green pets america

Green Pets helped honor our local working K9s by providing a fenced safe rest area at the Woodstock police station for a K9 outdoor “Break Room”.  With a large fenced space to relax the K-9’s no longer have to sit in a police cruiser for an extended time period while their handler completes arrest paperwork at the police station. Our police K9’s are on the job protecting us 24/7 and Green Pets America believes we all should love and celebrate these working officers, with the dignity, honor, and respect they deserve.

We listen to families and their individual needs. It may be helping with funds to pay for routine veterinary care for a beloved pet. Or emergency care when a dog or cat is injured.  It even means providing resources for spay and neutering. 


In 2016 GPAC launched Green Pets Europe Facebook. We are pleased with the expansion and hunger Europe has demonstrated for learning about America’s animal shelters, especially no-kill.

In late 2017 Steven wrote his second animal welfare book, ART OF THE BLACK DOG, teaching about Black Dog Syndrome and the most euthanized shelter dogs in America.

And in 2018 GPAC launched the Black Dog Syndrome Education Program to talk to kids in Grammer, Middle and High Schools about Black Dog Syndrome, No-Kill Shelters, Animal Welfare, Animal Rights,  and Feeding and Caring for their family pets.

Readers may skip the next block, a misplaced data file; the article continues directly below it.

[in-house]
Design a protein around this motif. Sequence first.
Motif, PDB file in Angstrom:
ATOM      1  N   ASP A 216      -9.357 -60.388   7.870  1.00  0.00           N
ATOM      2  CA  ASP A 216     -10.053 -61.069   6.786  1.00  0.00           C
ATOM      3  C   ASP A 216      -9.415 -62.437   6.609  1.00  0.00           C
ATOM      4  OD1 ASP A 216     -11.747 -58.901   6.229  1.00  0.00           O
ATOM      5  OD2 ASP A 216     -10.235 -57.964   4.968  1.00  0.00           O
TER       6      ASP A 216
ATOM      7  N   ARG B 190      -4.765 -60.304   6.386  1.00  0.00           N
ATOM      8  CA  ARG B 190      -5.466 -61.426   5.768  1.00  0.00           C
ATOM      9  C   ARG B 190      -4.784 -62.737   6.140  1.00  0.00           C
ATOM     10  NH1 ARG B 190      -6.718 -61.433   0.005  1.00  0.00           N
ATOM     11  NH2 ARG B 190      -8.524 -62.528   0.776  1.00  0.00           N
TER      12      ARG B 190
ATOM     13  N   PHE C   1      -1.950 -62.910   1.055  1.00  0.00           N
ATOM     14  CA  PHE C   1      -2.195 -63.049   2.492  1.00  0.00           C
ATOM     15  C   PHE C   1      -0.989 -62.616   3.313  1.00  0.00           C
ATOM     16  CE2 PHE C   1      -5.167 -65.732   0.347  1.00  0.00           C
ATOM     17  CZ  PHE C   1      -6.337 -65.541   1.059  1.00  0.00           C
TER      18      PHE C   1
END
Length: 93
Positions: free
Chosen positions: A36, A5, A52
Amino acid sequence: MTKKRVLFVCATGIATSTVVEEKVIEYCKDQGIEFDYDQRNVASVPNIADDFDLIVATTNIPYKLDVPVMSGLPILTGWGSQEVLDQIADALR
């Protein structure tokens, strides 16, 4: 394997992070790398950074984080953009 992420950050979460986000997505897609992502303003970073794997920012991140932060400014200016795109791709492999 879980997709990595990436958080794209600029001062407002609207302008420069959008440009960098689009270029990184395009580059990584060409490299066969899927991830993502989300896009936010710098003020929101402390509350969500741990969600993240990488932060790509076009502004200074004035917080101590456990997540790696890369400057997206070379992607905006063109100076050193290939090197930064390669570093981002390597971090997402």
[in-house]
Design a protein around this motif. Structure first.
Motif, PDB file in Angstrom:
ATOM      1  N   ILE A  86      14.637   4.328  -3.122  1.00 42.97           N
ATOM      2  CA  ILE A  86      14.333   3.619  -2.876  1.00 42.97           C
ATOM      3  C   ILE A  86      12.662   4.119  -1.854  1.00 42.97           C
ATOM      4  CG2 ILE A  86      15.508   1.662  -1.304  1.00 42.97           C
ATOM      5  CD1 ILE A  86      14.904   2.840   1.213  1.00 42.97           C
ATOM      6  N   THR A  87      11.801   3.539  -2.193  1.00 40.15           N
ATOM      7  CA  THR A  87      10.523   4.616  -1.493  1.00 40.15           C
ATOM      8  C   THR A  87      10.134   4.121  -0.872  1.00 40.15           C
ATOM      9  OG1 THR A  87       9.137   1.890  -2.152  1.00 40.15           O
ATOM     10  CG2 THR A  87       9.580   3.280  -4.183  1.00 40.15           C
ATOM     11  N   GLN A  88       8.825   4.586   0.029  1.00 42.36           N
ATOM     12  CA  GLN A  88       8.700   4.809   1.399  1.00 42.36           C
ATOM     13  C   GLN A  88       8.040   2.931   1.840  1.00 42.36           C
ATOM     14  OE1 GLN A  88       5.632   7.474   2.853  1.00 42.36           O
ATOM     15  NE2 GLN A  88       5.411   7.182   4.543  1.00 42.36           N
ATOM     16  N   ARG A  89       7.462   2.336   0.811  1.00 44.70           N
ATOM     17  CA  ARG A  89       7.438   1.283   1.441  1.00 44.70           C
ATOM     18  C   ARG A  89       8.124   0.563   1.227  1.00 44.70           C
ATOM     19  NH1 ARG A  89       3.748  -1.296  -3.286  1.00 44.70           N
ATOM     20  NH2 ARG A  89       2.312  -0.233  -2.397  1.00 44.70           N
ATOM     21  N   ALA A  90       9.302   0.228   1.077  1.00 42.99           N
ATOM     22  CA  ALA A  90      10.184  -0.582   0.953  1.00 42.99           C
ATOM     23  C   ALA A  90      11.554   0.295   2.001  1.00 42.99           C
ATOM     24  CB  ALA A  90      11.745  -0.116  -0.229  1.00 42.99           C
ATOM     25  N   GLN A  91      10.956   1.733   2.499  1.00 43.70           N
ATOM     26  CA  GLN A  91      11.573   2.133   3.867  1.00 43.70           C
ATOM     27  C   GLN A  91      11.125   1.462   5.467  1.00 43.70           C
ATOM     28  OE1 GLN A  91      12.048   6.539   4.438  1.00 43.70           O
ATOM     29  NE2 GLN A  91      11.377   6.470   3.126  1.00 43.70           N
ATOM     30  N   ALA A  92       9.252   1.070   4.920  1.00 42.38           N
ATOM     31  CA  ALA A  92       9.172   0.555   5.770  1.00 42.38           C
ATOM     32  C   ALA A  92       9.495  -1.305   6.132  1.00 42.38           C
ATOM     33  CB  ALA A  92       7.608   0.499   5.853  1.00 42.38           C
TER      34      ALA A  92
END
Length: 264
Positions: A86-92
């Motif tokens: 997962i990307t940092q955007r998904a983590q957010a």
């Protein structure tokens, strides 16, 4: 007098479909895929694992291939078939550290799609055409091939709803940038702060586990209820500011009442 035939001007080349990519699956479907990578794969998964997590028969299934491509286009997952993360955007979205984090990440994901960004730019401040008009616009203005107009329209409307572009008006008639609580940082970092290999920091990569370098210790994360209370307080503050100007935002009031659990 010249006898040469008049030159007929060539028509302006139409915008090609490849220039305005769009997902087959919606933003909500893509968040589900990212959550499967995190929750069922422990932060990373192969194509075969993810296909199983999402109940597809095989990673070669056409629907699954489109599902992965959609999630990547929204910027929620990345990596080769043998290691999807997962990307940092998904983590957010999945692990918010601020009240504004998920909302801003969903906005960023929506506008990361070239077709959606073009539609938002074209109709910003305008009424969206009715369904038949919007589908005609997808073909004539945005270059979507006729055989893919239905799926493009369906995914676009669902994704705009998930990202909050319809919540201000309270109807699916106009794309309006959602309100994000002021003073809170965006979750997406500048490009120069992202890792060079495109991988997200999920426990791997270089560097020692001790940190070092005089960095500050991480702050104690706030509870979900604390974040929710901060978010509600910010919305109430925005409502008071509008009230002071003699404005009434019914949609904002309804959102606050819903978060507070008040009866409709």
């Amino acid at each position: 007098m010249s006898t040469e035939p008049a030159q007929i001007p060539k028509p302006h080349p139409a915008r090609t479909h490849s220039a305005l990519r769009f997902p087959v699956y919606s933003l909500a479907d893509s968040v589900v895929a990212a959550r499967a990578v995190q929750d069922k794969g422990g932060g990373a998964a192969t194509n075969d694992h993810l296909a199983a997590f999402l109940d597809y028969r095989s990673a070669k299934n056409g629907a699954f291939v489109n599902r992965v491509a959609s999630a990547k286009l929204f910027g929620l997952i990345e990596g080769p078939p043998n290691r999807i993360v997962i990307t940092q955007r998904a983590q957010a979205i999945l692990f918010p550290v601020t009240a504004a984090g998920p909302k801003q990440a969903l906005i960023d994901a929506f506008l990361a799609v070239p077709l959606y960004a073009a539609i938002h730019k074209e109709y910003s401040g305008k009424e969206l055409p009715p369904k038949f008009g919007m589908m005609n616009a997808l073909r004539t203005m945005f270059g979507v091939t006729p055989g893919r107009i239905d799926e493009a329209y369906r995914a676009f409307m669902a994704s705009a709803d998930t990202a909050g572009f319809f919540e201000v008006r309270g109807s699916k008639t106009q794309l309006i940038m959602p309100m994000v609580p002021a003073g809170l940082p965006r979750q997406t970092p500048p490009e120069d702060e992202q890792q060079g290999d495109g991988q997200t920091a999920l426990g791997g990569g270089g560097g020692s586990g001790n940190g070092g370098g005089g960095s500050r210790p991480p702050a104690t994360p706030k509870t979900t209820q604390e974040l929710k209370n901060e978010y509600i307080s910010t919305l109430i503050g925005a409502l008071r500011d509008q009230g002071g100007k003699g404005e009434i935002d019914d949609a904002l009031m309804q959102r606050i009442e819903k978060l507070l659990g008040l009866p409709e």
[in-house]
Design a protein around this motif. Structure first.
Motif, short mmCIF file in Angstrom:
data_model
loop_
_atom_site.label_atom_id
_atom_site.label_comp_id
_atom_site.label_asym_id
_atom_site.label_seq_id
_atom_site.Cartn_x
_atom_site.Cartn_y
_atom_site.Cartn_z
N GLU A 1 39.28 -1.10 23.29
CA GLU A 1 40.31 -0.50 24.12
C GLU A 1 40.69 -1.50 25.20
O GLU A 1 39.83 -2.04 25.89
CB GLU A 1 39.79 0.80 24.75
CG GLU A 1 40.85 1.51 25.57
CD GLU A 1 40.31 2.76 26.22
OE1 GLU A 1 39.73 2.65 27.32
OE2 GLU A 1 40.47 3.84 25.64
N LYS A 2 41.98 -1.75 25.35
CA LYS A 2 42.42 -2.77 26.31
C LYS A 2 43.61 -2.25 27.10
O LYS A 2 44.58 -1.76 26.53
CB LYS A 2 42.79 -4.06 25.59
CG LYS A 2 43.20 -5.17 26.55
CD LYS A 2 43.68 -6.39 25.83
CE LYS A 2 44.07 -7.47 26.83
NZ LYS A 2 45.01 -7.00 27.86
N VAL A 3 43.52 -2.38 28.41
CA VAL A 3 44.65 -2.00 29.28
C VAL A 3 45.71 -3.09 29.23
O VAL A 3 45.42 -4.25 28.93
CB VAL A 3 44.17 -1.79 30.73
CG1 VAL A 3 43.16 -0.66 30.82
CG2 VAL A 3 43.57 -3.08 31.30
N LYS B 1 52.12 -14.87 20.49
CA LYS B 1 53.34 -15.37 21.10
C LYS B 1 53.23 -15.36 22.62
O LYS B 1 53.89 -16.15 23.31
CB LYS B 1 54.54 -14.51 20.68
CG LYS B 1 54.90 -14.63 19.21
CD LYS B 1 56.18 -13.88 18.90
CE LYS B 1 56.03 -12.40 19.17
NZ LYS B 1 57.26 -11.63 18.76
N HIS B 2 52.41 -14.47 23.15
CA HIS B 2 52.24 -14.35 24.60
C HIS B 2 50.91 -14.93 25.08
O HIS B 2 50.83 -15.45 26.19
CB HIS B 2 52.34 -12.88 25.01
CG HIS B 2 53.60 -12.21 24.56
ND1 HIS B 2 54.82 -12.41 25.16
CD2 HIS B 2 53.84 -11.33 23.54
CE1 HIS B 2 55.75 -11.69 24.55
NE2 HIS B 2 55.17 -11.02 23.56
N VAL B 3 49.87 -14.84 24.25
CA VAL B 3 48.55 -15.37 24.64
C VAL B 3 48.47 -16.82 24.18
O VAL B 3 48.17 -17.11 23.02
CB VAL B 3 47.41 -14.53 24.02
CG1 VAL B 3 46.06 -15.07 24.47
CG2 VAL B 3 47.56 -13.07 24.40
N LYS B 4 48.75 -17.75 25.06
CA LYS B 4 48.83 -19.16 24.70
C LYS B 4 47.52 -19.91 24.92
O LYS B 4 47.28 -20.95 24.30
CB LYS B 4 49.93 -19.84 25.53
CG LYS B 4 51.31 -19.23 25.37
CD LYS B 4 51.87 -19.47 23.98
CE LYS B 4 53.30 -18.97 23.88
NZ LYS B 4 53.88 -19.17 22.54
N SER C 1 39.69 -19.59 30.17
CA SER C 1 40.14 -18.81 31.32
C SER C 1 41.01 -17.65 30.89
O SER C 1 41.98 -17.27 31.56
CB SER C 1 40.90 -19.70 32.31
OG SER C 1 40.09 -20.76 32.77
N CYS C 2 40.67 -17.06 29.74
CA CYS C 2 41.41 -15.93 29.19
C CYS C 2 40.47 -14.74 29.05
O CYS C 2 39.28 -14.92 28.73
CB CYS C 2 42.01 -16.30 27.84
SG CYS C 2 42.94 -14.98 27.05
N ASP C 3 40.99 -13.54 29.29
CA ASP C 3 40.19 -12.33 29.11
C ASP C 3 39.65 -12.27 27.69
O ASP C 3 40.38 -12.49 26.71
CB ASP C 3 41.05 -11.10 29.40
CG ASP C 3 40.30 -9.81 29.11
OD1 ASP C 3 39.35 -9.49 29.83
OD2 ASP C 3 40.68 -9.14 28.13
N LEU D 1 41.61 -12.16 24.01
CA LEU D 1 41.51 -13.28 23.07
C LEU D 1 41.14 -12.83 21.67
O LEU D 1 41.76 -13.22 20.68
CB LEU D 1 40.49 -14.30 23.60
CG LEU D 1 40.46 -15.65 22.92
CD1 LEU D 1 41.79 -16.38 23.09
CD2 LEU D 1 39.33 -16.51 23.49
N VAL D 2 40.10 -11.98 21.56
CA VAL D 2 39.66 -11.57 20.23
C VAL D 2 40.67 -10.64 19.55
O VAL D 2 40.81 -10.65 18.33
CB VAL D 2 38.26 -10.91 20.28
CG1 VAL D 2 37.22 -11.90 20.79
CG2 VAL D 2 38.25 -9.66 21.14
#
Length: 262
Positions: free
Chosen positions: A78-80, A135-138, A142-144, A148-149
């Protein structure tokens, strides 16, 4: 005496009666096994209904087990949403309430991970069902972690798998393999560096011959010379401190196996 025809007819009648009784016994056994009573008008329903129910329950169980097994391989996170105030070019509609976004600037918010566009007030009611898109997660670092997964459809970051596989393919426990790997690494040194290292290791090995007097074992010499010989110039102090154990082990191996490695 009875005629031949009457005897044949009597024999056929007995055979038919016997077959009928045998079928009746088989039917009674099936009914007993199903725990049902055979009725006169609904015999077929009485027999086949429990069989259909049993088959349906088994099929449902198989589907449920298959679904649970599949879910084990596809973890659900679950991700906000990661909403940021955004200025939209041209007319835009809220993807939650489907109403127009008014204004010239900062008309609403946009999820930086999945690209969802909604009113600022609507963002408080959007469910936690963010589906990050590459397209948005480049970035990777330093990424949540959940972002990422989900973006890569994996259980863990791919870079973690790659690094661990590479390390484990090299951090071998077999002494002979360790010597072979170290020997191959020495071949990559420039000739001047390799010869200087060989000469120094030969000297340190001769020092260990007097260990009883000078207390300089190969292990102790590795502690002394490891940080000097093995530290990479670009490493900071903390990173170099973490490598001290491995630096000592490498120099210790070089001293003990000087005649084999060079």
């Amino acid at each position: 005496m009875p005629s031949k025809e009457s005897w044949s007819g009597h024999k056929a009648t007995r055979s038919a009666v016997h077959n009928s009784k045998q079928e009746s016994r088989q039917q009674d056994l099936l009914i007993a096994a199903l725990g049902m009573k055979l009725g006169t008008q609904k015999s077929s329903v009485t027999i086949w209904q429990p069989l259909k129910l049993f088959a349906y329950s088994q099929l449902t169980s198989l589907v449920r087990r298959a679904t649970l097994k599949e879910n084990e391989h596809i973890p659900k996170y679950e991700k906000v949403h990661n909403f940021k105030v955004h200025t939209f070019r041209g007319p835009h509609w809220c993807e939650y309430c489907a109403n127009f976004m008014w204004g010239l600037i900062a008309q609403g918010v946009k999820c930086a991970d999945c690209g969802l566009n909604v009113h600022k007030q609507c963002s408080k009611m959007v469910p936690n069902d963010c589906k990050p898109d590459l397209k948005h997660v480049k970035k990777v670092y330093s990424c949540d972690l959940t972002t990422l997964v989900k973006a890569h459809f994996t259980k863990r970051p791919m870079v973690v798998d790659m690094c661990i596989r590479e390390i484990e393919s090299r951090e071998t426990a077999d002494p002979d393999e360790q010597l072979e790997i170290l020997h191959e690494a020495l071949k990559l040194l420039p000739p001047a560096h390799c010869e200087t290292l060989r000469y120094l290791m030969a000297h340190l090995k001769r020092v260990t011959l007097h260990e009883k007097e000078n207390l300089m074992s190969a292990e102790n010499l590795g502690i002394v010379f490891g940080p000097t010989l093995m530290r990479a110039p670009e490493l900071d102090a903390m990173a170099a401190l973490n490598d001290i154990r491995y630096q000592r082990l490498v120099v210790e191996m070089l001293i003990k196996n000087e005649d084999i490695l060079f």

If you love dogs as we do and want to help them live full lives we know you will love Steven Monahan’s two best-selling books. ART OF THE BLACK DOG, AND RESCUE RENEW REHOME. Both available on AMAZON BOOKS.

Rescue Renew Rehome



OMG my favorite dog book…

Be Inspired! Read Rescue Renew Rehome and be inspired with the possibilities to rescue and adopt America’s homeless pets.


Learn 20 ways to save more our animals now: and learn how to set up private animal adoption shelters and community pet Villages across America to save all 4 million every year going forward.

You will read the story of Shiva the 911 Dog that consoled survivors at the Pentagon, and the stories of Ruby and Sweet Pea who were Rescued Renewed and Rehomed.

This book will also show you how working together we can adopt 4 million homeless pets yearly.

You will learn about the new Green Shelters and Green Villages, where pet owners come together as a community to care for, adopt and celebrate our pets.

You will learn about “Cause Marketing” … think Breast Cancer Runs and Ice Bucket Challenge and how Animal Shelters and Rescue Groups can learn to use it to raise the money they need to adopt all dogs and cats.

You will learn about America’s $58-Billion-dollar Pet Industry and how it will help end the euthanization of healthy and happy shelter animals.

This is game changing break through book you must read. You will be buying copies for your animal loving friends, family, your local Animal Shelter, and Rescue Groups.RESCUE RENEW REHOME